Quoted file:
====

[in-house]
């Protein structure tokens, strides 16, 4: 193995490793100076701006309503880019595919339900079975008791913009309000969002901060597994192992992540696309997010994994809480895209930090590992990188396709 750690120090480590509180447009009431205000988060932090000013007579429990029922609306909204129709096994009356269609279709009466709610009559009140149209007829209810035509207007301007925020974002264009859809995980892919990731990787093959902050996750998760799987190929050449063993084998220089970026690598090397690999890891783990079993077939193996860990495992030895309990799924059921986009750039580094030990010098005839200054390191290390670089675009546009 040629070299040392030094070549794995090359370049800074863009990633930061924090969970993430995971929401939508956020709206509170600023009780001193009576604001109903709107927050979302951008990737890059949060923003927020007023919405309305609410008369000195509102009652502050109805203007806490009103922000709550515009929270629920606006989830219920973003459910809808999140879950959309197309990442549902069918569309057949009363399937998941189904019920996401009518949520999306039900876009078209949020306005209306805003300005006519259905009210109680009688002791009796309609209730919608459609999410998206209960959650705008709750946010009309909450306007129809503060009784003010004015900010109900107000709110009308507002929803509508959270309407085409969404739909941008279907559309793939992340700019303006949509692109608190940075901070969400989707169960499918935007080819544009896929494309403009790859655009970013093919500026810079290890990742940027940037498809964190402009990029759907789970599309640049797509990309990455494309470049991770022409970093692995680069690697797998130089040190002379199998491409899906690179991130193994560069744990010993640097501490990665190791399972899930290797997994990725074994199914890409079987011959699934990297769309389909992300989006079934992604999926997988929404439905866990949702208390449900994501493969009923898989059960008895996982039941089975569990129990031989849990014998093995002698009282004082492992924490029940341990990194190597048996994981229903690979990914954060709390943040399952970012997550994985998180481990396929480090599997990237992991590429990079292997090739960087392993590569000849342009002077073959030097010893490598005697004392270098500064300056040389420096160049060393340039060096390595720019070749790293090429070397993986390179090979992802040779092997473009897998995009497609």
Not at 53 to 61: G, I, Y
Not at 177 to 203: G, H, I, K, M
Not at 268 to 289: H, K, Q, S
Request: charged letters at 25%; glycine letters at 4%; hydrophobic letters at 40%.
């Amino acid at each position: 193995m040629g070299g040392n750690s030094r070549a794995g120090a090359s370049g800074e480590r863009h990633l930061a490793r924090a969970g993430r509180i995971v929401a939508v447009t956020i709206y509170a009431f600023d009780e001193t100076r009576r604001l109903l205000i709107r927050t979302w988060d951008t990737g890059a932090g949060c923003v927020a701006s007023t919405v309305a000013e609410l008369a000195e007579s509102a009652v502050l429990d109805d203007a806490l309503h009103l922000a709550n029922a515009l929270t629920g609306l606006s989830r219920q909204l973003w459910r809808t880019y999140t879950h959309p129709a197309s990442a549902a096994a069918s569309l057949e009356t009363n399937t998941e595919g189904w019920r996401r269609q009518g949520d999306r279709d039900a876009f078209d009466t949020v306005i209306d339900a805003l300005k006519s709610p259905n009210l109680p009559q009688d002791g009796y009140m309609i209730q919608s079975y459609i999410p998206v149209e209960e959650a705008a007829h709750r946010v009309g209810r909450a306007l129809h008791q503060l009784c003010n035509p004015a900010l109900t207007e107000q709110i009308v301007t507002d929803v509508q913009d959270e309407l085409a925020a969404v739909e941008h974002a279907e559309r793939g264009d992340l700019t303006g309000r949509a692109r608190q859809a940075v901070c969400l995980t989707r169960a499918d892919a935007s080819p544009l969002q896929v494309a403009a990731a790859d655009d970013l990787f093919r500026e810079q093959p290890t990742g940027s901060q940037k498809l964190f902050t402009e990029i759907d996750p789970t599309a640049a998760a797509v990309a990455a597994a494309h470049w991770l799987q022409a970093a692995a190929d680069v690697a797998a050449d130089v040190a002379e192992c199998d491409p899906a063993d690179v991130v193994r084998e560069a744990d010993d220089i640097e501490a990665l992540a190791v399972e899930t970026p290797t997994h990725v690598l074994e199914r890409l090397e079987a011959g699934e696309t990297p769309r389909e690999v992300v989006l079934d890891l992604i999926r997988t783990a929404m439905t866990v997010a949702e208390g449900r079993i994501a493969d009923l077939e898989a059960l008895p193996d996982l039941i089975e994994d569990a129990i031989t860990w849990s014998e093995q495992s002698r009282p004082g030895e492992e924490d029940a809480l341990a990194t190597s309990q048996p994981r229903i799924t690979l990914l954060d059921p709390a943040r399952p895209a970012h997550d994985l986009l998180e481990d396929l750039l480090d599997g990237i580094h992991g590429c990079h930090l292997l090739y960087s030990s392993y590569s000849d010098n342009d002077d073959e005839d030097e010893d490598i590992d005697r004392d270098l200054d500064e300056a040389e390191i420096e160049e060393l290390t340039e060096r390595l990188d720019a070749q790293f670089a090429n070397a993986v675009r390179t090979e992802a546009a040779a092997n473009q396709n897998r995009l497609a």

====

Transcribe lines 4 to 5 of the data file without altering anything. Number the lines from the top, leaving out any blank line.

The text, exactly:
Not at 177 to 203: G, H, I, K, M
Not at 268 to 289: H, K, Q, S